M1942 Sosso pistol magazine disassembled

M1942 Sosso pistol magazine disassembled

An example of a Sosso form the collection of Geoffrey Sturgess was sold by James Julia at auction, which gave us the opportunity to see some outstanding photos. This particular example (serial number 8A) included a holster-stock; a concept which was on its way out of popularity by the time these were being made. In addition, Julia also published an Italian-language copy of a Sosso manual, which I have not yet have the chance to translate:

Manuals

M1942 Sosso pistol manual (Italian)

M1942 Sosso pistol manual (Italian)

Photos

SIG KE-7 Photos

The KE-7 was a short-recoil, open-bolt light machine gun developed by SIG Neuhausen between the World Wars. It was offered for sale in basically any cartridge a nation might request, and were sold primarily to China and Latin America. I have a full Vault page on the KE-7 with a number of manuals, and today I also have these photos, from the collection of Reed Knight:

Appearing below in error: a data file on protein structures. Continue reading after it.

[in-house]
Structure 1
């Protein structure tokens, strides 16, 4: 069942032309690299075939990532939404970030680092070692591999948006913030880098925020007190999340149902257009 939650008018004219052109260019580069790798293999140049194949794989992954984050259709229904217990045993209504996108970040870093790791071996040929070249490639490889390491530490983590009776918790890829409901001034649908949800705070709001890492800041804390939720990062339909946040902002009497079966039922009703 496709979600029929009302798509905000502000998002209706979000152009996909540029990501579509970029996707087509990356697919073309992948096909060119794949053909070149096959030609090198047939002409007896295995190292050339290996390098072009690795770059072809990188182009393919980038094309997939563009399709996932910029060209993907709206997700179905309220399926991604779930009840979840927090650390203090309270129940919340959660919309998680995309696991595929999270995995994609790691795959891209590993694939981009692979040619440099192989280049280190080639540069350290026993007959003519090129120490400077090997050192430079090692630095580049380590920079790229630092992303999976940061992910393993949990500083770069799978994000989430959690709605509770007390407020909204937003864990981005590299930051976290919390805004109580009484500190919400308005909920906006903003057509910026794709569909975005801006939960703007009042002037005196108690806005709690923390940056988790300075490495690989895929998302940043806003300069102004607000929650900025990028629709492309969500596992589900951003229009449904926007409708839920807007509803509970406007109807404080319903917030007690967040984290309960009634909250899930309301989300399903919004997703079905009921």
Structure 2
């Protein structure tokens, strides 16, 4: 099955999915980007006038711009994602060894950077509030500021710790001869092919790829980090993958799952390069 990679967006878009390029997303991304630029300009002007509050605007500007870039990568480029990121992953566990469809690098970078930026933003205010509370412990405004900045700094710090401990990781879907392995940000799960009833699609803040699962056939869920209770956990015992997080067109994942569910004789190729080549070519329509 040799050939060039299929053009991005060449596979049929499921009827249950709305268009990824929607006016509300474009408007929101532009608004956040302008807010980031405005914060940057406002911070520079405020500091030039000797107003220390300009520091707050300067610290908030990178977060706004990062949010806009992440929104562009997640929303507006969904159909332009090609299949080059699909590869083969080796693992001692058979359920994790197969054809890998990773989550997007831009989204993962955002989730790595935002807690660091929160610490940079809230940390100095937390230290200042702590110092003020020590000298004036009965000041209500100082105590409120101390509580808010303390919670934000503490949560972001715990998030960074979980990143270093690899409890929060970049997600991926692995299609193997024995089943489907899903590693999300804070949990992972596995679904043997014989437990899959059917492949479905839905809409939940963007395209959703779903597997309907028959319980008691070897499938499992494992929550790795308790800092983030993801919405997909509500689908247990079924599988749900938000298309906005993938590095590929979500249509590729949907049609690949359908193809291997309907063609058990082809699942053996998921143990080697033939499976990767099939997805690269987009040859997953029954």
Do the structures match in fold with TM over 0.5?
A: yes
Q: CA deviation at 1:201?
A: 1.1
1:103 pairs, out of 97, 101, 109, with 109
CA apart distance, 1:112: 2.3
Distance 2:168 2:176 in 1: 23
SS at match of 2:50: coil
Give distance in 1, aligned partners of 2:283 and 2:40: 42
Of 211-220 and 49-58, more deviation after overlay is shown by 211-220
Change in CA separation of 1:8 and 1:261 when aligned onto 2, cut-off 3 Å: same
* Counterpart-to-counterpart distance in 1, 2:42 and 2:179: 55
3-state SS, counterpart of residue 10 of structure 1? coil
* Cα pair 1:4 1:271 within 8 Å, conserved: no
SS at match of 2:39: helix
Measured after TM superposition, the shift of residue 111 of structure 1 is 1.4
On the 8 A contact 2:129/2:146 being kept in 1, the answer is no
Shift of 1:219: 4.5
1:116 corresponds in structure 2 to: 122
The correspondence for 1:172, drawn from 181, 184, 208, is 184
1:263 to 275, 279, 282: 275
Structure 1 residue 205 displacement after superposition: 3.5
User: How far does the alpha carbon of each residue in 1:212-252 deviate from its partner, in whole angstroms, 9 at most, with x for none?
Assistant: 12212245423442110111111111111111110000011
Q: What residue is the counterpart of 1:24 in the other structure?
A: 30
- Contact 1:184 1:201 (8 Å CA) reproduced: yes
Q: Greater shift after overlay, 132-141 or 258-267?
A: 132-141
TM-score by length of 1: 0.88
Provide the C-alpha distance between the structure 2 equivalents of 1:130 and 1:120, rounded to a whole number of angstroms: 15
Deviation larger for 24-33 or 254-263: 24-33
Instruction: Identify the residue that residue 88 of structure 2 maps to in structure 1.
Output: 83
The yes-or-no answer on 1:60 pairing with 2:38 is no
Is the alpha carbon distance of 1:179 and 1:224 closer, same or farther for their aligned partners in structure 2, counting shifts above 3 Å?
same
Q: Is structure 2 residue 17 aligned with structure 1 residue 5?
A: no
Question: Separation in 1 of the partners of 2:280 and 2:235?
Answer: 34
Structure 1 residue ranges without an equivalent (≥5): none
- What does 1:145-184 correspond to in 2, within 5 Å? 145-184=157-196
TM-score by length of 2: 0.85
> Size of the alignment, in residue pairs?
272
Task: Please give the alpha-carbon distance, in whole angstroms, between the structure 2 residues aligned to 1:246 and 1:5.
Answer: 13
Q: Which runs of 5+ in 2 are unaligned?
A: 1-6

Note that the standard magazines held 25 rounds, and this gun has an extended magazine fitted. I don’t know exactly how large it is, but I would guess 40 rounds. I have not been able to find reference to these magazines in any literature.

Arisaka With Nambu Bipod

I recently had a chance to take a look at a rifle that has been floating around the Japanese collector’s community causing grief since for at least 25 years. It is a Type 99 Arisaka, specifically a first-series Nagoya production gun, serial number 84664. What makes it unusual is that it had a Type 96 or Type 99 Nambu light machine gun bipod attached to the muzzle.